Prior use of Trademark

The all-around settled precept of the trademark law specifies that the privilege of prior user of the mark will win over the next user of the trademark in relation to the same or comparable merchandise or administrations and despite the fact that the client is the registered owner of the brand name.

To prove the ownership for a trademark, it is necessary for the applicant to prove prior usage of the mark.

The principle of prior use in adoption and usage of the mark, prevails over priority in registration, and holds great importance in specific situations. It is an all-around acknowledged legal rule that the privileges of a prior user of the mark are kept on a higher platform than even that of the owner of an existing brand name. Prior user’s privileges will supersede those of the new applicant proving disadvantageous to the earlier registered holder, despite the fact that the resulting client had been concurred enlistment of its brand name.

In a recent case which builds up a comparative lawful suggestion is the situation of Neon Laboratories Ltd. v. Clinical Technologies Ltd. and Ors., wherein the Supreme Court thought that an enlisted owner of a brand name doesn’t have the option to forestall use by another gathering of an indistinguishable imprint if that utilization started preceding the utilization of the enrolled mark.

Now what are the statutory provisions for this?

Section 34 of the Trademark act 1999 provides that “the proprietor of registered trademark or a registered user cannot interfere with the use of any identical or similar mark if the person has been using the mark from an earlier date”. This is the rule of first user given under section 34 of our trademark act”.

While Section 28 gives a full right on the registered holder, of a mark to utilize the imprint and furthermore to restrict others from utilizing a deceptively similar mark.

One of its exemption is articulated under Section 34 of the Act. This section offers rights to a new applicant, when he/she is using the mark, before the registered user and preceding the date of enrollment of the owner of the mark, whichever is prior.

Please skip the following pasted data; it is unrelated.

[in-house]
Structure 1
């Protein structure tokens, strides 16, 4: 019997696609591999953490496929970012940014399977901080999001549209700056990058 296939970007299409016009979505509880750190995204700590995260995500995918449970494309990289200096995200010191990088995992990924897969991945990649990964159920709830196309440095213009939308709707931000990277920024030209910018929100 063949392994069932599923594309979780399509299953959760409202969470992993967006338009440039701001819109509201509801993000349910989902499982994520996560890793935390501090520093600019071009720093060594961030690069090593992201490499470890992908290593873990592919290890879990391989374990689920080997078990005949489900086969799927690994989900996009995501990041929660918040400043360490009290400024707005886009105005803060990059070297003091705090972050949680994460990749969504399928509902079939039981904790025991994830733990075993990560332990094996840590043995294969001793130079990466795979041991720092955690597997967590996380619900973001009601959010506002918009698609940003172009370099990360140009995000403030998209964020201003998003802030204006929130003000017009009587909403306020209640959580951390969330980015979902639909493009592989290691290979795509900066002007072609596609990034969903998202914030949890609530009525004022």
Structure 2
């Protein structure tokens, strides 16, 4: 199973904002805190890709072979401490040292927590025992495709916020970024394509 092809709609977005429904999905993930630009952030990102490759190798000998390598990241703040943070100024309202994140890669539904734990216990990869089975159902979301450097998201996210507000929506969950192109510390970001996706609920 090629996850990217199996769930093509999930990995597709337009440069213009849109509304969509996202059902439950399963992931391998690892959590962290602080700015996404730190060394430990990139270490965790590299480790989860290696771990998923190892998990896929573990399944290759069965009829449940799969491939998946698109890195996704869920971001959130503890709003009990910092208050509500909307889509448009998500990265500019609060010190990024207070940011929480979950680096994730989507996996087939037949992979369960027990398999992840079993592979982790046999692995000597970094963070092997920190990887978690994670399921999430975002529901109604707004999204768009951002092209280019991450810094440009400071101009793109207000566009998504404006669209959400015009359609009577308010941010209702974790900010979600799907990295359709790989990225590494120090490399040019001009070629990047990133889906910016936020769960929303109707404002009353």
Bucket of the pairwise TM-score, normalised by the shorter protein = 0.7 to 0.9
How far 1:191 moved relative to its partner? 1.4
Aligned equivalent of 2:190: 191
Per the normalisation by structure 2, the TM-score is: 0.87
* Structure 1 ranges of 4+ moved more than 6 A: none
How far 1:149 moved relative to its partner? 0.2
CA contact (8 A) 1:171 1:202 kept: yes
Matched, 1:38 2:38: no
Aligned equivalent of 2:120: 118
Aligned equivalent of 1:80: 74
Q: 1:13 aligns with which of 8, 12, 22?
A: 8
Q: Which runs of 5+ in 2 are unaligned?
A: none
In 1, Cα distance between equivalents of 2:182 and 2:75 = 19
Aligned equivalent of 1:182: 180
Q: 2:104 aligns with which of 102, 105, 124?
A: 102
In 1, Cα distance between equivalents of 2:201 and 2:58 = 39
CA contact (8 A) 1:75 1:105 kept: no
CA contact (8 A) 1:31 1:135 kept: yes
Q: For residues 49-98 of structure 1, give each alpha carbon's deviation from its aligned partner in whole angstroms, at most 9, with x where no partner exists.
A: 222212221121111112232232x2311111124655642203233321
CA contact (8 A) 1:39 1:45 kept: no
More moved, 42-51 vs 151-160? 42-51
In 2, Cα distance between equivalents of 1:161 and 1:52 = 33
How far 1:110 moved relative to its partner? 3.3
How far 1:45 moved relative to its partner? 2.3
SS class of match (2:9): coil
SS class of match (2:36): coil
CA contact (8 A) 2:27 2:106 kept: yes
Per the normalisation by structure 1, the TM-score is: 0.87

Sec 34 of the Trade Marks Act, 1999 commands that the registered user of a trademark cannot interfere with the usage of an indistinguishable exchange mark by a new applicant who has been consistently utilizing the imprint from a date prior to that of the mark of the registered trademark holder.

  • To the utilization of the first mentioned mark regard of the equivalent or comparable products or administrations or
  • To the date of enlistment of the primary referenced trademark regard of the equivalent or comparable products or administrations.

Requirements of Prior Use:

(1) The usage of a trademark, indistinguishable or almost looking like the enlisted mark, by a third party should be comparable to the merchandise and ventures for which the first mentioned mark is enrolled;

(2) The utilization should be a consistent utilization of the brand name in India.

(3) The brand name should be consistently utilized by the owner in order to get the protection.

(4) The mark must have been utilized from a date prior, before the utilization of the registered trademark or the date of enlistment whichever is prior.

Will the prior user’s right prevail over the registered mark?

Yes, a number of judicial decisions have proved that a prior user’s right will prevail over the rights of a registered trademark owner. It is a well settled fact that if a prior user has rights considerably over a later enlisted client and no activity lies against a prior user of the brand name in a passing off activity, it will prove disadvantageous to the registered trademark.

It is a very much settled rule of Trademark Law, that prior use of the merchandise will evade the rights of the registered trademark holder, despite the fact that registered holder has an enrolled brand name. The rights enjoyed by registration of brand name is dependent upon the privileges of the prior-usage of the mark.

In a new case, the Supreme Court on account of S. Syed Mohideen v P. Sulochana Bai, had held that the Trademark Act provides privileges to the prior-user, which are perceived to be predominant than that of the registered user and even the registered owner cannot meddle with the privileges of the prior-user.